However, Ricci does have 1 million shares in time-based restricted stock units that began vesting in November (250,000 per tranche) and will be fully received by September 30, 2015. So, regardless of the fact that NUAN stock has achieved an annual total return of -2.2% over the past three years, 17 percentage points worse than the S&P 500, Ricci receives 1,000,000 shares with no questions asked.
The first tranche will net Ricci $3.9 million ($15.70 per share times 250,000) and subsequent tranches will possibly be worth more. Assuming $15.70 per share for the remainder, Ricci will have gotten $15.6 million for doing absolutely nothing for the stock price. Worse still, it’s now losing money and has been for more than a year.
Carl Icahn, who owns 24% of NUAN stock, put his son on the board last October. If business continues to flounder, look for the billionaire to sack Ricci and the rest of the management team. The board’s granting of such huge equity awards to one of the most overpaid CEOs in America is reckless bordering on a breach of fiduciary duty. Any way you slice it, shareholders have been taken for a ride.
Overpaid CEOs – Activision Blizzard (ATVI)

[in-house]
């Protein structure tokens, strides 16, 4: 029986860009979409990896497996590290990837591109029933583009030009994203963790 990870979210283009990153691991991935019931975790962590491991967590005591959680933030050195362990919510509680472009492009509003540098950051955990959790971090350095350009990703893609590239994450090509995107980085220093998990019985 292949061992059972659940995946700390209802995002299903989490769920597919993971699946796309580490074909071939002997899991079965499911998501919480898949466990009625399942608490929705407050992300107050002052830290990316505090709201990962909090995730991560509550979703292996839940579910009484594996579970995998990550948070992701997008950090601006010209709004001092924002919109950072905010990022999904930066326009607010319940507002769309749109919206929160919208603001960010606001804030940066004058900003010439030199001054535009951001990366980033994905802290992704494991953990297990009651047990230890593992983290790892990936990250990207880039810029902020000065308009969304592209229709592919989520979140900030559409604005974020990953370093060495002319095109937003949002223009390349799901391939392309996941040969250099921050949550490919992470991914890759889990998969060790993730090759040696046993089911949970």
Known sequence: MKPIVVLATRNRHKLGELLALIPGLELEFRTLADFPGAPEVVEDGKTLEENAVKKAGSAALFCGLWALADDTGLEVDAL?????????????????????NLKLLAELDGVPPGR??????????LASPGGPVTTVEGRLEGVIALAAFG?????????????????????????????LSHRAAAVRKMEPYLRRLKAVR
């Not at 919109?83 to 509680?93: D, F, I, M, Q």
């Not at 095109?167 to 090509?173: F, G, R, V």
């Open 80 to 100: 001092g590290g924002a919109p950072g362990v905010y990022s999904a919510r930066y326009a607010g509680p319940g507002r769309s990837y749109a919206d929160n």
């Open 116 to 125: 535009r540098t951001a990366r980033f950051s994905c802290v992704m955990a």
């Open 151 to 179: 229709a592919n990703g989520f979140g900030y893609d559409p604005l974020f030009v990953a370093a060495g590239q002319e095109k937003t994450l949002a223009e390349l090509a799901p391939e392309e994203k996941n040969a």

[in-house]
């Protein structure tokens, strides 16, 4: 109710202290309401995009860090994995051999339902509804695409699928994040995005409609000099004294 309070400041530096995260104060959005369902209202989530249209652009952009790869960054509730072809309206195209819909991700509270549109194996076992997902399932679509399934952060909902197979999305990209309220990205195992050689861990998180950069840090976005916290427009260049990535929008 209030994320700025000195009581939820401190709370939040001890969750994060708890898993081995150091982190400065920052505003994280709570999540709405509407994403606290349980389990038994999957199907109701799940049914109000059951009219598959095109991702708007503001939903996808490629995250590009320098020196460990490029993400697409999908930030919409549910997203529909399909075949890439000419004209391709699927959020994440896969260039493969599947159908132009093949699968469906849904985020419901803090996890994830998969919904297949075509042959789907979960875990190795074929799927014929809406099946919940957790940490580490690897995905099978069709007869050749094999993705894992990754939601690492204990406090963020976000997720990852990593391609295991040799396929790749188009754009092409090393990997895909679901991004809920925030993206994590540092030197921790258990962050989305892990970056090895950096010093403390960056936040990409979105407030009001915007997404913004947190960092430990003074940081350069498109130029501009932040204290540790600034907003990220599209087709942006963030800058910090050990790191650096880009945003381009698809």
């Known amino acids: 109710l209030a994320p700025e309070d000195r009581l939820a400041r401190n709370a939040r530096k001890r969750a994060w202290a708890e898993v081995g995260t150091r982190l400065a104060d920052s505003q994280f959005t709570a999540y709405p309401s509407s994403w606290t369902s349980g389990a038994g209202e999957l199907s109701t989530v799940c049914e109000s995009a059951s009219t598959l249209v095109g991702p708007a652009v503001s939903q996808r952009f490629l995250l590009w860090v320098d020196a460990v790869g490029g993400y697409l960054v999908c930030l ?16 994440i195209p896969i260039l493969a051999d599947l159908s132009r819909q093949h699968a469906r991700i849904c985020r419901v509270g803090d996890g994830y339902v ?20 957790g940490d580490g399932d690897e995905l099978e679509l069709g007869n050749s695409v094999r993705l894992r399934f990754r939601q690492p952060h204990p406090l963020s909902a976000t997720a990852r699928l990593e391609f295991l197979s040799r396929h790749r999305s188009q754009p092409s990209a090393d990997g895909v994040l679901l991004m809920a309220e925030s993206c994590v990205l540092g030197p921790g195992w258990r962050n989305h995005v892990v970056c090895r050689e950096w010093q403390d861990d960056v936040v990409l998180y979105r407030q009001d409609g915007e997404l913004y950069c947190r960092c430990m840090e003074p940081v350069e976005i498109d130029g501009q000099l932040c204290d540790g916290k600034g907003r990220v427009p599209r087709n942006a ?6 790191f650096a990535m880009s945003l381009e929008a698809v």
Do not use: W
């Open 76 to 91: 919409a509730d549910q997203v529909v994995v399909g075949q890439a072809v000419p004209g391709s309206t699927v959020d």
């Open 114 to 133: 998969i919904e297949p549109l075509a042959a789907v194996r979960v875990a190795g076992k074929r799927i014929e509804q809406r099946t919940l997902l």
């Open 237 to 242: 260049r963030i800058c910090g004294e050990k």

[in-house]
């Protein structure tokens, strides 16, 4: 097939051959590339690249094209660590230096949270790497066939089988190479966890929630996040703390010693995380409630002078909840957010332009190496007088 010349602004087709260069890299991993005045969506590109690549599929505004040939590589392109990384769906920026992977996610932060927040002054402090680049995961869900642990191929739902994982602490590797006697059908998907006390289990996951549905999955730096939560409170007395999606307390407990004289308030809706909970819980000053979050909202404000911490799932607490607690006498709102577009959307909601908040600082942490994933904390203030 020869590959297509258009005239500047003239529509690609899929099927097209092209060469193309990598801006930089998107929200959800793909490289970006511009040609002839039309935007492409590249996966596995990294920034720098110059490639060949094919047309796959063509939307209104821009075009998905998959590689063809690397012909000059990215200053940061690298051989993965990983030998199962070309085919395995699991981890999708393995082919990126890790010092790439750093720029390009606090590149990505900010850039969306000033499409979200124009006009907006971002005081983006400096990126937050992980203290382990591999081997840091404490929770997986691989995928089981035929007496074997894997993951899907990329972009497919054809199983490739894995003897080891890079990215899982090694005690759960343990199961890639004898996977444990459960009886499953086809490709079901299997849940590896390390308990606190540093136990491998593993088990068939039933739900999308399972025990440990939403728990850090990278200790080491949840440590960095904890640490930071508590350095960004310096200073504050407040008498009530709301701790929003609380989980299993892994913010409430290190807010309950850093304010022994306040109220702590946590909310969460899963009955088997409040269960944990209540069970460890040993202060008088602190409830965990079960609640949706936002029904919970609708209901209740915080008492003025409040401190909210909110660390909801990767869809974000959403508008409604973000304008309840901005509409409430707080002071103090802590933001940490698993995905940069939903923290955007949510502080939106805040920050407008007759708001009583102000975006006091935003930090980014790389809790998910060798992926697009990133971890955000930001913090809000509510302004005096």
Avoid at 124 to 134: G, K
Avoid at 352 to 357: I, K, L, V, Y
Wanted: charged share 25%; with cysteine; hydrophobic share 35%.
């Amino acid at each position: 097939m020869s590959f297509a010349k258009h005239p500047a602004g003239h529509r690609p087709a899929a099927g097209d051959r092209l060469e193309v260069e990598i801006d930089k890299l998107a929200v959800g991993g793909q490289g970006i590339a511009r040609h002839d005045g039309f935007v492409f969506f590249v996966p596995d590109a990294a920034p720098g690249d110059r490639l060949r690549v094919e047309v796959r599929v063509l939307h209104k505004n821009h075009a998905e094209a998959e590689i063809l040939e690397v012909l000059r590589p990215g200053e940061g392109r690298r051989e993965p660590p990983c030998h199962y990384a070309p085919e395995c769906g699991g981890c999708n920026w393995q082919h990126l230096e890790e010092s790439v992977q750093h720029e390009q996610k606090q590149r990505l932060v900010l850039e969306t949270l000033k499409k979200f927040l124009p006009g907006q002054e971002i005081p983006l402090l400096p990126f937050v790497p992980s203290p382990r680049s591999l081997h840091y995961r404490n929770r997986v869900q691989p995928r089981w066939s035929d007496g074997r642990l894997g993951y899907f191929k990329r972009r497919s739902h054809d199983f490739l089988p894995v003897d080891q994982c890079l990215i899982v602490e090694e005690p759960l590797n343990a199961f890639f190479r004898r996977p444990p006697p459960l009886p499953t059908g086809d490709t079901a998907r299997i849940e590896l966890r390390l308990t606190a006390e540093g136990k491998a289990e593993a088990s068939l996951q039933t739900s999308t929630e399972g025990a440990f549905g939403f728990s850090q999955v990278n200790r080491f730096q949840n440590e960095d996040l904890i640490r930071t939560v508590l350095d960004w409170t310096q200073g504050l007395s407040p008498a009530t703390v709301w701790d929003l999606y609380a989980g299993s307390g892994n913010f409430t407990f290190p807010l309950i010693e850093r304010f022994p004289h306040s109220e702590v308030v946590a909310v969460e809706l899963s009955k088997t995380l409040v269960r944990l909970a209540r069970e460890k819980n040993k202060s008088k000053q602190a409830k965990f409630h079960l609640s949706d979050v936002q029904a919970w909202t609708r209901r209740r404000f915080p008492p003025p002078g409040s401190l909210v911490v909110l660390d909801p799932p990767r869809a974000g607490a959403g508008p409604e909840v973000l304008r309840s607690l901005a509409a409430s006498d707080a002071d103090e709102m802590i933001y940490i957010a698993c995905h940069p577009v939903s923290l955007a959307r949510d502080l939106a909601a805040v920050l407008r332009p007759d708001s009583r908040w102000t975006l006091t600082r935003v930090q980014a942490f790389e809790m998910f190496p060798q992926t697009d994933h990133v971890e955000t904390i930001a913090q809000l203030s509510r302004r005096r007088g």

Robert Kotick was the fourth-highest paid CEO in 2012, taking home a massive $65 million in total compensation. Of that, $56 million was for stock awards given as an inducement to get him to sign his employment agreement which runs through June 2016.
A total of 6.1 million shares are up for grabs over the next two-and-a-half years, dependent on performance targets being reached including diluted earnings per share, free cash flow and total shareholder return. The board must like what he’s doing: They gave him a cash bonus of $7.9 million on March 11 — 374% more than his base salary.
Kotick has been CEO since 1991, when he and partner Brian Kelly acquired 25% of its predecessor. In October of last year, the company repurchased 429 million of its shares from Vivendi (VIVHY) for $5.83 billion, and in a separate transaction Kotick, Kelly and some institutional investors bought another 172 million shares for $2.34 billion.
The bold move left Kotick and partners as the largest shareholders, owning 25% of the company with Vivendi reduced to a 12% stake. The cost to shareholders? The addition of $4.7 billion in debt which is a lot to pay for independence. Since the deal, ATVI stock is up 21% through March 24, so I guess it’s hard to fault the man.
However, providing Kotick with potentially as many 10 million shares (the 6.1 million shares mentioned earlier plus the option to buy 4 million shares with most at $13.29 per share) to remain CEO when he’d not yet completed the deal to buyback the company from Vivendi seems like a totally unnecessary carrot.
But then again, if he and his partners effectively control the company, why not pay himself a handsome bonus (in addition to the shares) for the hard work undertaken last fall. To the victor go the spoils, right?
Wrong. It’s another example of how overpaid CEOs like to build empires, to the detriment of shareholders.
As of this writing, Will Ashworth did not own a position in any of the aforementioned securities.